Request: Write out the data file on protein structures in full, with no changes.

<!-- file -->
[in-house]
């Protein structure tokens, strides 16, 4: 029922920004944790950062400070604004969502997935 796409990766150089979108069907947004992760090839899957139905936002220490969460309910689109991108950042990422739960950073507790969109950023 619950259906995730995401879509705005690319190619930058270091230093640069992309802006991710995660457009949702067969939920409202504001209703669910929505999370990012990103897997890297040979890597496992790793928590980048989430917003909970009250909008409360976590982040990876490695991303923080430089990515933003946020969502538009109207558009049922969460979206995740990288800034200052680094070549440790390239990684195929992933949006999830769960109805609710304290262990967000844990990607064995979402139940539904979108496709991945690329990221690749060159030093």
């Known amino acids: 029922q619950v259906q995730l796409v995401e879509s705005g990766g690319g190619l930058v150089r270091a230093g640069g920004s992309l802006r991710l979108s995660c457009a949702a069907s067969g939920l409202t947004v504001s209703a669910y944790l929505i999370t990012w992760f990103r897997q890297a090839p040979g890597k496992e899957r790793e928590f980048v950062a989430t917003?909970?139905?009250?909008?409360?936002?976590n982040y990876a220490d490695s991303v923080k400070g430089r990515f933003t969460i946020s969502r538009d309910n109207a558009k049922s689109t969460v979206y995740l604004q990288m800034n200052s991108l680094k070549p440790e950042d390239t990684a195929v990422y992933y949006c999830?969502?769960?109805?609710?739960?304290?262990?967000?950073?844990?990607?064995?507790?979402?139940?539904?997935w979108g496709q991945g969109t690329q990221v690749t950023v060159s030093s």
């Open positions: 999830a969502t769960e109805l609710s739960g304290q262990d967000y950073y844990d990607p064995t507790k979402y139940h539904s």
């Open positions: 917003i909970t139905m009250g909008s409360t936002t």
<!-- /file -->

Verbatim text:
[in-house]
């Protein structure tokens, strides 16, 4: 029922920004944790950062400070604004969502997935 796409990766150089979108069907947004992760090839899957139905936002220490969460309910689109991108950042990422739960950073507790969109950023 619950259906995730995401879509705005690319190619930058270091230093640069992309802006991710995660457009949702067969939920409202504001209703669910929505999370990012990103897997890297040979890597496992790793928590980048989430917003909970009250909008409360976590982040990876490695991303923080430089990515933003946020969502538009109207558009049922969460979206995740990288800034200052680094070549440790390239990684195929992933949006999830769960109805609710304290262990967000844990990607064995979402139940539904979108496709991945690329990221690749060159030093």
């Known amino acids: 029922q619950v259906q995730l796409v995401e879509s705005g990766g690319g190619l930058v150089r270091a230093g640069g920004s992309l802006r991710l979108s995660c457009a949702a069907s067969g939920l409202t947004v504001s209703a669910y944790l929505i999370t990012w992760f990103r897997q890297a090839p040979g890597k496992e899957r790793e928590f980048v950062a989430t917003?909970?139905?009250?909008?409360?936002?976590n982040y990876a220490d490695s991303v923080k400070g430089r990515f933003t969460i946020s969502r538009d309910n109207a558009k049922s689109t969460v979206y995740l604004q990288m800034n200052s991108l680094k070549p440790e950042d390239t990684a195929v990422y992933y949006c999830?969502?769960?109805?609710?739960?304290?262990?967000?950073?844990?990607?064995?507790?979402?139940?539904?997935w979108g496709q991945g969109t690329q990221v690749t950023v060159s030093s």
């Open positions: 999830a969502t769960e109805l609710s739960g304290q262990d967000y950073y844990d990607p064995t507790k979402y139940h539904s």
């Open positions: 917003i909970t139905m009250g909008s409360t936002t």